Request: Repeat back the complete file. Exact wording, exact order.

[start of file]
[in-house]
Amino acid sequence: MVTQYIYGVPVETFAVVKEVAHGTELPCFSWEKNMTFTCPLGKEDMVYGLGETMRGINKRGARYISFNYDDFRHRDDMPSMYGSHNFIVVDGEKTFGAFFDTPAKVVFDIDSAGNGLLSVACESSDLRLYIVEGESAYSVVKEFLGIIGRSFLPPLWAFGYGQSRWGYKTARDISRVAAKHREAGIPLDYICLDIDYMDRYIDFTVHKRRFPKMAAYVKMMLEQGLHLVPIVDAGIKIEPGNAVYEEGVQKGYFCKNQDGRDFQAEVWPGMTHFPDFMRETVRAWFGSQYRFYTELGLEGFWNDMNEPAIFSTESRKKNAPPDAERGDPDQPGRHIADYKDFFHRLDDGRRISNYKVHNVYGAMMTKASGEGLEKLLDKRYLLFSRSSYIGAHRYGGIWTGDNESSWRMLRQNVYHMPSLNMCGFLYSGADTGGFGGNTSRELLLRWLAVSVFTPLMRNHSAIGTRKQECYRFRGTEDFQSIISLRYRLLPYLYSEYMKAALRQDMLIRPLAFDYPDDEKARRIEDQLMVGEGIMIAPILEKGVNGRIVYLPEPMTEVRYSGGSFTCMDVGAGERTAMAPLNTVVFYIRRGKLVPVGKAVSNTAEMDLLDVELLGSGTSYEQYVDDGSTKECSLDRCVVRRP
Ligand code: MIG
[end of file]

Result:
[in-house]
Amino acid sequence: MVTQYIYGVPVETFAVVKEVAHGTELPCFSWEKNMTFTCPLGKEDMVYGLGETMRGINKRGARYISFNYDDFRHRDDMPSMYGSHNFIVVDGEKTFGAFFDTPAKVVFDIDSAGNGLLSVACESSDLRLYIVEGESAYSVVKEFLGIIGRSFLPPLWAFGYGQSRWGYKTARDISRVAAKHREAGIPLDYICLDIDYMDRYIDFTVHKRRFPKMAAYVKMMLEQGLHLVPIVDAGIKIEPGNAVYEEGVQKGYFCKNQDGRDFQAEVWPGMTHFPDFMRETVRAWFGSQYRFYTELGLEGFWNDMNEPAIFSTESRKKNAPPDAERGDPDQPGRHIADYKDFFHRLDDGRRISNYKVHNVYGAMMTKASGEGLEKLLDKRYLLFSRSSYIGAHRYGGIWTGDNESSWRMLRQNVYHMPSLNMCGFLYSGADTGGFGGNTSRELLLRWLAVSVFTPLMRNHSAIGTRKQECYRFRGTEDFQSIISLRYRLLPYLYSEYMKAALRQDMLIRPLAFDYPDDEKARRIEDQLMVGEGIMIAPILEKGVNGRIVYLPEPMTEVRYSGGSFTCMDVGAGERTAMAPLNTVVFYIRRGKLVPVGKAVSNTAEMDLLDVELLGSGTSYEQYVDDGSTKECSLDRCVVRRP
Ligand code: MIG